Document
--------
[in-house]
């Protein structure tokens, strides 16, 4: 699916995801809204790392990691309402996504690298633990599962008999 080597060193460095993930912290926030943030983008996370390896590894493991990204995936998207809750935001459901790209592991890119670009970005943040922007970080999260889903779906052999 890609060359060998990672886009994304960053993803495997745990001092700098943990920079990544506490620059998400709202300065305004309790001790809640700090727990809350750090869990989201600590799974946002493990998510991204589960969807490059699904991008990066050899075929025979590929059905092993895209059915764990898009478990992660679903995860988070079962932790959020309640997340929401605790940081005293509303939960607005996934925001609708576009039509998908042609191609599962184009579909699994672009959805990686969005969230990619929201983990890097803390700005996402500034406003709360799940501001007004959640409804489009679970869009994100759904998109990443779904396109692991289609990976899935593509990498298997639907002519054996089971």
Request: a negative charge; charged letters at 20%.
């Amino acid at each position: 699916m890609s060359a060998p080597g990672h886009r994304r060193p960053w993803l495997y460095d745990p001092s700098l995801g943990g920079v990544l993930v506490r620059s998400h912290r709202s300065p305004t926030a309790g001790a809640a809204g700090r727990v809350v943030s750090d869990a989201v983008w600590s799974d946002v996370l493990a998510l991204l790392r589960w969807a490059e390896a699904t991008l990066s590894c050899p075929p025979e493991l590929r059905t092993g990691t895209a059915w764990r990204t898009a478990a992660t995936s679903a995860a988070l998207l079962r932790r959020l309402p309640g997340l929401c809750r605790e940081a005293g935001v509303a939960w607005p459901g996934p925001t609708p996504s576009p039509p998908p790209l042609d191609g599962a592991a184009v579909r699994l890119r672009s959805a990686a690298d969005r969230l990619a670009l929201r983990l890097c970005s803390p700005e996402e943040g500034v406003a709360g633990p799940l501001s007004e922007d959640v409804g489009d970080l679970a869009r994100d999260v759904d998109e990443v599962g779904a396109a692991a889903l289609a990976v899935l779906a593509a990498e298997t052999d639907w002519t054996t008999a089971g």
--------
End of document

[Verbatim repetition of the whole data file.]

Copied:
[in-house]
């Protein structure tokens, strides 16, 4: 699916995801809204790392990691309402996504690298633990599962008999 080597060193460095993930912290926030943030983008996370390896590894493991990204995936998207809750935001459901790209592991890119670009970005943040922007970080999260889903779906052999 890609060359060998990672886009994304960053993803495997745990001092700098943990920079990544506490620059998400709202300065305004309790001790809640700090727990809350750090869990989201600590799974946002493990998510991204589960969807490059699904991008990066050899075929025979590929059905092993895209059915764990898009478990992660679903995860988070079962932790959020309640997340929401605790940081005293509303939960607005996934925001609708576009039509998908042609191609599962184009579909699994672009959805990686969005969230990619929201983990890097803390700005996402500034406003709360799940501001007004959640409804489009679970869009994100759904998109990443779904396109692991289609990976899935593509990498298997639907002519054996089971």
Request: a negative charge; charged letters at 20%.
């Amino acid at each position: 699916m890609s060359a060998p080597g990672h886009r994304r060193p960053w993803l495997y460095d745990p001092s700098l995801g943990g920079v990544l993930v506490r620059s998400h912290r709202s300065p305004t926030a309790g001790a809640a809204g700090r727990v809350v943030s750090d869990a989201v983008w600590s799974d946002v996370l493990a998510l991204l790392r589960w969807a490059e390896a699904t991008l990066s590894c050899p075929p025979e493991l590929r059905t092993g990691t895209a059915w764990r990204t898009a478990a992660t995936s679903a995860a988070l998207l079962r932790r959020l309402p309640g997340l929401c809750r605790e940081a005293g935001v509303a939960w607005p459901g996934p925001t609708p996504s576009p039509p998908p790209l042609d191609g599962a592991a184009v579909r699994l890119r672009s959805a990686a690298d969005r969230l990619a670009l929201r983990l890097c970005s803390p700005e996402e943040g500034v406003a709360g633990p799940l501001s007004e922007d959640v409804g489009d970080l679970a869009r994100d999260v759904d998109e990443v599962g779904a396109a692991a889903l289609a990976v899935l779906a593509a990498e298997t052999d639907w002519t054996t008999a089971g």